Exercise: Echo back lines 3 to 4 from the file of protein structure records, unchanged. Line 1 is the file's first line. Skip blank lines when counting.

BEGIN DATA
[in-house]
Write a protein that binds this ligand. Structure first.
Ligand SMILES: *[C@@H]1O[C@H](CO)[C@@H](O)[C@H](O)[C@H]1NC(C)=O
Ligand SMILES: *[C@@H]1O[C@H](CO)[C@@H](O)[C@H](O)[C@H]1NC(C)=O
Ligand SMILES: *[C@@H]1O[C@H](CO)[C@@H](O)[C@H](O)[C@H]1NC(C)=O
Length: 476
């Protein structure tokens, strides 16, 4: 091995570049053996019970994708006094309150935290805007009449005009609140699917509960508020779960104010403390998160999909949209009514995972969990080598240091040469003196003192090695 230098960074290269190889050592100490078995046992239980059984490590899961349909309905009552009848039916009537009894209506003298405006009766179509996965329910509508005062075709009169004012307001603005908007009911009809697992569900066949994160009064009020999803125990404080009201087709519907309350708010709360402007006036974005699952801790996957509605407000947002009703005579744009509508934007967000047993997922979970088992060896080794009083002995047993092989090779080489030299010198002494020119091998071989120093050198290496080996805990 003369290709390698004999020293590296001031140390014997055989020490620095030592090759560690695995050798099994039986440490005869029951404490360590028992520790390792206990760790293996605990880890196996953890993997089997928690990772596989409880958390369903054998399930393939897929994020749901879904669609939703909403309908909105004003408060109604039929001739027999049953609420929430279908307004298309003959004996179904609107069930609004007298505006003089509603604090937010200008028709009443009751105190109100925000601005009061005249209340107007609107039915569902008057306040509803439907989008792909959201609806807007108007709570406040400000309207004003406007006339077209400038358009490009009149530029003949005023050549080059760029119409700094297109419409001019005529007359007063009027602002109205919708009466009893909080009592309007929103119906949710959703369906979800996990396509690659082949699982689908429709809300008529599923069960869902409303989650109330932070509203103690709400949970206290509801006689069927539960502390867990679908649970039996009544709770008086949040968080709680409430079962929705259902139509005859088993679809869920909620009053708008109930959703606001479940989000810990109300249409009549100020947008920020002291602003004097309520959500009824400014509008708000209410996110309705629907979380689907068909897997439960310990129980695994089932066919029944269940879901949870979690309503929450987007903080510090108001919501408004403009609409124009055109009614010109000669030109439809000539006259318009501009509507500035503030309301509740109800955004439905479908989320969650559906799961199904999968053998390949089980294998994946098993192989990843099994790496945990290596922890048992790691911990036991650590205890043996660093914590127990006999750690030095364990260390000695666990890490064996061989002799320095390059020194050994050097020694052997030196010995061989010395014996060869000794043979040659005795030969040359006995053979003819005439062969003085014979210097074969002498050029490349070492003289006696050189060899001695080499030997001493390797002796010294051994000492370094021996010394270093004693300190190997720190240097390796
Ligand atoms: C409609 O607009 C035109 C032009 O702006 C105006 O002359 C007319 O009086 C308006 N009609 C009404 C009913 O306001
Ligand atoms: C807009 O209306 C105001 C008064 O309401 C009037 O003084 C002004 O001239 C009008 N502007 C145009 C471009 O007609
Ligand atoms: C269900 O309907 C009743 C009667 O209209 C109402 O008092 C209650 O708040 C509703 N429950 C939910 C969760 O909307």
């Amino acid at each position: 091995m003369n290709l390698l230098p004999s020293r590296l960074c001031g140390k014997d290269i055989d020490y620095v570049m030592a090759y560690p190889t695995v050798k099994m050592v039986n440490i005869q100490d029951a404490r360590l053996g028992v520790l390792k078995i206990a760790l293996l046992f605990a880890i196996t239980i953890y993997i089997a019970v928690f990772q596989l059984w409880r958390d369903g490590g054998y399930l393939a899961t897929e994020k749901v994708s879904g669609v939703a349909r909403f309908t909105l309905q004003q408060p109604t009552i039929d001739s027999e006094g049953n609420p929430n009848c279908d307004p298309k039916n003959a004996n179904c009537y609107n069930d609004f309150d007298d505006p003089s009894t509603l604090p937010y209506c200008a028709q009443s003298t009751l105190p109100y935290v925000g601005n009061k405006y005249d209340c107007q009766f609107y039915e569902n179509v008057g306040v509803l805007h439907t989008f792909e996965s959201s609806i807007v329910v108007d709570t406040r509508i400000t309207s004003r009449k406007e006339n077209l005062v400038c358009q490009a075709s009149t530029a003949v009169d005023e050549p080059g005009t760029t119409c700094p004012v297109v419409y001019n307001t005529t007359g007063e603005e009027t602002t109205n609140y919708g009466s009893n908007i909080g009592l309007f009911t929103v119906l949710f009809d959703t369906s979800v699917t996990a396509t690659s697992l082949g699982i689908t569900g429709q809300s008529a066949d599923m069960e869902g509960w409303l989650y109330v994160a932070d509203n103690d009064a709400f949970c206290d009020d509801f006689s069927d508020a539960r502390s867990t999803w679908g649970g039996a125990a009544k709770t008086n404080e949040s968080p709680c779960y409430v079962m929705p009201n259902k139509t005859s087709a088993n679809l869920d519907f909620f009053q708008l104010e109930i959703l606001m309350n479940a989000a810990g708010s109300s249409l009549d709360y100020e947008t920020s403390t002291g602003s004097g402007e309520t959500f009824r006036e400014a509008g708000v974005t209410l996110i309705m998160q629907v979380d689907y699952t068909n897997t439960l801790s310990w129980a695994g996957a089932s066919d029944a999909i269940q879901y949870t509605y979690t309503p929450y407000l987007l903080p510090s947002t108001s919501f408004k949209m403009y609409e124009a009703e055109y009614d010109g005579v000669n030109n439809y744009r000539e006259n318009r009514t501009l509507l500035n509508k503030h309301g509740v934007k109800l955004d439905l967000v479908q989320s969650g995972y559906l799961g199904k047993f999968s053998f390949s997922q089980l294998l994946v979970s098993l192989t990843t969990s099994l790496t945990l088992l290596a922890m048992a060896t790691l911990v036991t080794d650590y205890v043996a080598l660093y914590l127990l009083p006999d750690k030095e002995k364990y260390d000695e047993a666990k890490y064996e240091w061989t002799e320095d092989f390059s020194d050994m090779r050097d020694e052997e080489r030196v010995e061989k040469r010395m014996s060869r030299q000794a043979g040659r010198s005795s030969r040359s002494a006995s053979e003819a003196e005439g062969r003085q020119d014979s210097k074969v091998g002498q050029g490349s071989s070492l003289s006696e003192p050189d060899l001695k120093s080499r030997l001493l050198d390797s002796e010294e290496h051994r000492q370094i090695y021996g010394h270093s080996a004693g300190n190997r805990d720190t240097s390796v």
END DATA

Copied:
Ligand SMILES: *[C@@H]1O[C@H](CO)[C@@H](O)[C@H](O)[C@H]1NC(C)=O
Ligand SMILES: *[C@@H]1O[C@H](CO)[C@@H](O)[C@H](O)[C@H]1NC(C)=O